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  • Writer's pictureColorado Coherence Collective

Suspend disbelief to access connection

Suspension of disbelief is the cognitive process we engage in when we willingly accept information as true, no matter what - even if we know it to be false.

For example, when we teach kids about cultural traditions (ex: the Tooth Fairy or Santa) or when we read a work of fantasy literature (ex: dragons are real), we willingly set aside our doubt and skepticism to share a sense of connection with someone or something else. We regularly suspend disbelief when we play with kids, read fiction, watch movies or tv shows, practice spirituality or faith, or daydream about the future. The suspension of disbelief is an important cognitive skill that helps us gain a sense of connection and belonging with other people and the world around us. 

The ability to suspend our disbelief, and wholeheartedly accept the experiences of another person as truth, is a foundational aspect of empathy and compassion. The ability to suspend disbelief:

  • Is a learned skill

  • Is a conscious choice

  • Requires purposeful thought

  • Improves with regular practice

  • Enhances compassion and empathy 

To suspend disbelief, we must temporarily set aside all of our: 

  • Doubt: apprehension, hesitation, distrust, skepticism, insecurity, uncertainty

  • Emotion: grief, fear, rage, sadness, anxiety, shame, defensiveness 

  • Truth: facts, opinions, reality, experience, expertise, certitude, superiority

  • Schema: values, beliefs, hopes, dreams, expectations, ego responses 

Deep down, many of us are not ready, able, or willing to give up that much control. 

Many of us are unable to wholeheartedly accept the lived experiences of others as true, especially when they differ from our own experiences, because our bodyminds are trying to shield us from harm.  Instead, our bodyminds will engage in a natural and adaptive stress response system pattern of overcontrol by inducing a state of resistance to the idea - to shield us from the truth: the world is a scary place full of scarcity, unpredictability, violence, oppression, and harm.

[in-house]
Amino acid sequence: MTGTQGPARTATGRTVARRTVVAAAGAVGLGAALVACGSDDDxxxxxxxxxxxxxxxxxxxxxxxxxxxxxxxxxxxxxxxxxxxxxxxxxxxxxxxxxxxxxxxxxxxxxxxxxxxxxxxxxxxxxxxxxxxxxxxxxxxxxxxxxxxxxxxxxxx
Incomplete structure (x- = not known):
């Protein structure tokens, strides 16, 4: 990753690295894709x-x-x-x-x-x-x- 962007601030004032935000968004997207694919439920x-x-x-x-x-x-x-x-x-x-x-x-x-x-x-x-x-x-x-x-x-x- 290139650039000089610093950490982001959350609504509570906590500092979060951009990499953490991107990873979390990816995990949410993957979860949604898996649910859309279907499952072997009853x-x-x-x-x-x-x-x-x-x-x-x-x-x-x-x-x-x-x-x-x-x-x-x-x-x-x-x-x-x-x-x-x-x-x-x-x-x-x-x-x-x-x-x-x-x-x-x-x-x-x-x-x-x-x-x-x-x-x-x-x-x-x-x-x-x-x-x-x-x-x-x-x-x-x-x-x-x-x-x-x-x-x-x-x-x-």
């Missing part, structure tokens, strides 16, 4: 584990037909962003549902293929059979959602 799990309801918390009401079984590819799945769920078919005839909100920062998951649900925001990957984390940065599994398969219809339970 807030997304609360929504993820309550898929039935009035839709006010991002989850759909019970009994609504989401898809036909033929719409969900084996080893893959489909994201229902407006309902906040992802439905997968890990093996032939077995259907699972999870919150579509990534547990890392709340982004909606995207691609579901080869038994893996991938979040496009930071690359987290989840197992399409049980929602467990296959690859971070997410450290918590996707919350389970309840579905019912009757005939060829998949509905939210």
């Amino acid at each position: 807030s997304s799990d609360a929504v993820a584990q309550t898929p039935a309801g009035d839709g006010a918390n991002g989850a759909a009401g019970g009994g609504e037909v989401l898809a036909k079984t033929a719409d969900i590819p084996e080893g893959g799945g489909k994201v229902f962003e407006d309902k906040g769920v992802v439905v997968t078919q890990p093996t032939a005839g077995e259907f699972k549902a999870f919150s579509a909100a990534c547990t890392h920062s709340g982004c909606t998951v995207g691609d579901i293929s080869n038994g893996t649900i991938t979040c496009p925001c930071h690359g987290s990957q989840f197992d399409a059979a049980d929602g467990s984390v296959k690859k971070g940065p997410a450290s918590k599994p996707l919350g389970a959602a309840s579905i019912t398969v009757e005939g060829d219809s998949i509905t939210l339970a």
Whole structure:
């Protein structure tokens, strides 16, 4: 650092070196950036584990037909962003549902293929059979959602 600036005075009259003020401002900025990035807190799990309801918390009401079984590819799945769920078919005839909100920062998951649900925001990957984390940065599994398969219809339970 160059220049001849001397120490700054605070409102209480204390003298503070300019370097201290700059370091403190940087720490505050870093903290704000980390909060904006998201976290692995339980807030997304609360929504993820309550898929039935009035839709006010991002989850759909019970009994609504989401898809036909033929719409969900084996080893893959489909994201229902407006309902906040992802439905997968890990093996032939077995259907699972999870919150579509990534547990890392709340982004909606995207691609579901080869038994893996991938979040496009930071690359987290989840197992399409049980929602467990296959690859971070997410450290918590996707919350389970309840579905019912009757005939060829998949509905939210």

When another person discloses a lived experience to us that was painful, unjust, violent, terrifying, confusing, unfair, scary, or traumatizing, we may notice the following: 

  • Somatic: we may notice tension and resistance in our bodies. 

  • Emotional: we may feel an emotional response of grief, rage, sadness, anxiety, shame, defensiveness, fear, etc.

  • Cognitive: we may perceive thoughts of doubt, disbelief, skepticism, hesitation, and distrust, and compare the new info to past experiences, facts, statistics, and opinions of experts. 

  • Behavioral: we may experience an urge to physically recoil away from the other person and escape or leave the room.

  • Social: we may not be as present or mindful in-the-moment, and may not be able to effectively support our loved one in processing their experiences (which should be our main goal in the moment - we can process our own reactive grief in private after-the-fact.)

To wholeheartedly offer empathy and compassion for our loved ones who choose to disclose painful past experiences, we must develop our skills of embodied suspension of disbelief. Here are some tips: 

How to suspend disbelief in-the-moment: during the disclosure conversation, when you are with your loved one

  • Attune: focus on your breath, be mindful and present, use sensory tools or fidgets, use grounding techniques. 

  • Notice: notice reactions of resistance in your body, practice nonjudgemental self-compassion, breathe in non-reactivity and breathe out doubt, compartmentalize.

  • Imagine: imagine your body sensations, emotions, and thoughts passing by like clouds, let them float by without reacting to them. 

  • Grieve: practice touch & release with your emotions by acknowledging them and then excusing yourself from them, commit to return to process them later, schedule worry-time and find a partner. 


How to suspend disbelief in the long-term: after the disclosure conversation, when you are in private

  • Attune: take deep belly breaths, sigh, yawn, stretch, move, envision openness in your bodymind.

  • Notice: notice resistance in your body, practice nonjudmgental self-compassion, breathe.

  • Imagine: envision a hypothetical world where their reality is true, integrate their truth into your own.

  • Grieve: visualize your feelings washing over you like a tidal wave, express them in whatever way feels good to your body (cry, scream, run, hit, hide, sleep) that is safe, healthy, and effective.



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